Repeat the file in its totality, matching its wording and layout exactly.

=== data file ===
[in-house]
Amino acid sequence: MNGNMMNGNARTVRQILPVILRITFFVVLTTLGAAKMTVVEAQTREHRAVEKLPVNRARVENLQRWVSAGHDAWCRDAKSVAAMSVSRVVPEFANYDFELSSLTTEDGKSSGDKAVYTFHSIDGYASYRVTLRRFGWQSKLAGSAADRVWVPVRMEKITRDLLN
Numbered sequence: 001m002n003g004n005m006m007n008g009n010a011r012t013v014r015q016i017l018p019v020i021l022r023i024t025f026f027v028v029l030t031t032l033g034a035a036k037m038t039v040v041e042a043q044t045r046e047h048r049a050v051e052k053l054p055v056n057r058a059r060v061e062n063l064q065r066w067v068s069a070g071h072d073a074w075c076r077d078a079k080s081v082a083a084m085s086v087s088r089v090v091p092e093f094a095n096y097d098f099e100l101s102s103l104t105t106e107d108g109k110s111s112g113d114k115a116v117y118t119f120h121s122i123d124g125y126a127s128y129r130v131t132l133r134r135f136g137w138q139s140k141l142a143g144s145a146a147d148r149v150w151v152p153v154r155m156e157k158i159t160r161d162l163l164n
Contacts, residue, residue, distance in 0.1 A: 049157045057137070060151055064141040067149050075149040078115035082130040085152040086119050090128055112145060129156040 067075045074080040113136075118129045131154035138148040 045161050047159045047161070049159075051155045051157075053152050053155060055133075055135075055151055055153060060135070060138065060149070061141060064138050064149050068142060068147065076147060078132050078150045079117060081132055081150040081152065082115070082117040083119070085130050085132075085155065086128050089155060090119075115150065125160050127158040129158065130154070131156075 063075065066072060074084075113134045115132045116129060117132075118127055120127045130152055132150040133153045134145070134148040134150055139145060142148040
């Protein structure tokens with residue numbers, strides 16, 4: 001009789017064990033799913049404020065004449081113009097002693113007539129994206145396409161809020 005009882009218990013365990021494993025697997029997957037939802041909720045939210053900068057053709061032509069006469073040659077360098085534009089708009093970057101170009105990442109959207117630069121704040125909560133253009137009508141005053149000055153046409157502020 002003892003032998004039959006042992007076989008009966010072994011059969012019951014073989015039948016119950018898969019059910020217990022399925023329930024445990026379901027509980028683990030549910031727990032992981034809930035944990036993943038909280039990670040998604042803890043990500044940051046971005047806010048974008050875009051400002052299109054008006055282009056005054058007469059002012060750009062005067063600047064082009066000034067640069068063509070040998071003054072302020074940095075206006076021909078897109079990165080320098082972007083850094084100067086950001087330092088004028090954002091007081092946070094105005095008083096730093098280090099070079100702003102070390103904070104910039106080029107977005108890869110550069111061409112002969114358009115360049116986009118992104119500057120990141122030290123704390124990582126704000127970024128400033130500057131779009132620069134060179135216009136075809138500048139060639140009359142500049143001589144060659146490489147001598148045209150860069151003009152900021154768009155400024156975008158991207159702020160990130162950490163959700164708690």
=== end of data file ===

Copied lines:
[in-house]
Amino acid sequence: MNGNMMNGNARTVRQILPVILRITFFVVLTTLGAAKMTVVEAQTREHRAVEKLPVNRARVENLQRWVSAGHDAWCRDAKSVAAMSVSRVVPEFANYDFELSSLTTEDGKSSGDKAVYTFHSIDGYASYRVTLRRFGWQSKLAGSAADRVWVPVRMEKITRDLLN
Numbered sequence: 001m002n003g004n005m006m007n008g009n010a011r012t013v014r015q016i017l018p019v020i021l022r023i024t025f026f027v028v029l030t031t032l033g034a035a036k037m038t039v040v041e042a043q044t045r046e047h048r049a050v051e052k053l054p055v056n057r058a059r060v061e062n063l064q065r066w067v068s069a070g071h072d073a074w075c076r077d078a079k080s081v082a083a084m085s086v087s088r089v090v091p092e093f094a095n096y097d098f099e100l101s102s103l104t105t106e107d108g109k110s111s112g113d114k115a116v117y118t119f120h121s122i123d124g125y126a127s128y129r130v131t132l133r134r135f136g137w138q139s140k141l142a143g144s145a146a147d148r149v150w151v152p153v154r155m156e157k158i159t160r161d162l163l164n
Contacts, residue, residue, distance in 0.1 A: 049157045057137070060151055064141040067149050075149040078115035082130040085152040086119050090128055112145060129156040 067075045074080040113136075118129045131154035138148040 045161050047159045047161070049159075051155045051157075053152050053155060055133075055135075055151055055153060060135070060138065060149070061141060064138050064149050068142060068147065076147060078132050078150045079117060081132055081150040081152065082115070082117040083119070085130050085132075085155065086128050089155060090119075115150065125160050127158040129158065130154070131156075 063075065066072060074084075113134045115132045116129060117132075118127055120127045130152055132150040133153045134145070134148040134150055139145060142148040
């Protein structure tokens with residue numbers, strides 16, 4: 001009789017064990033799913049404020065004449081113009097002693113007539129994206145396409161809020 005009882009218990013365990021494993025697997029997957037939802041909720045939210053900068057053709061032509069006469073040659077360098085534009089708009093970057101170009105990442109959207117630069121704040125909560133253009137009508141005053149000055153046409157502020 002003892003032998004039959006042992007076989008009966010072994011059969012019951014073989015039948016119950018898969019059910020217990022399925023329930024445990026379901027509980028683990030549910031727990032992981034809930035944990036993943038909280039990670040998604042803890043990500044940051046971005047806010048974008050875009051400002052299109054008006055282009056005054058007469059002012060750009062005067063600047064082009066000034067640069068063509070040998071003054072302020074940095075206006076021909078897109079990165080320098082972007083850094084100067086950001087330092088004028090954002091007081092946070094105005095008083096730093098280090099070079100702003102070390103904070104910039106080029107977005108890869110550069111061409112002969114358009115360049116986009118992104119500057120990141122030290123704390124990582126704000127970024128400033130500057131779009132620069134060179135216009136075809138500048139060639140009359142500049143001589144060659146490489147001598148045209150860069151003009152900021154768009155400024156975008158991207159702020160990130162950490163959700164708690």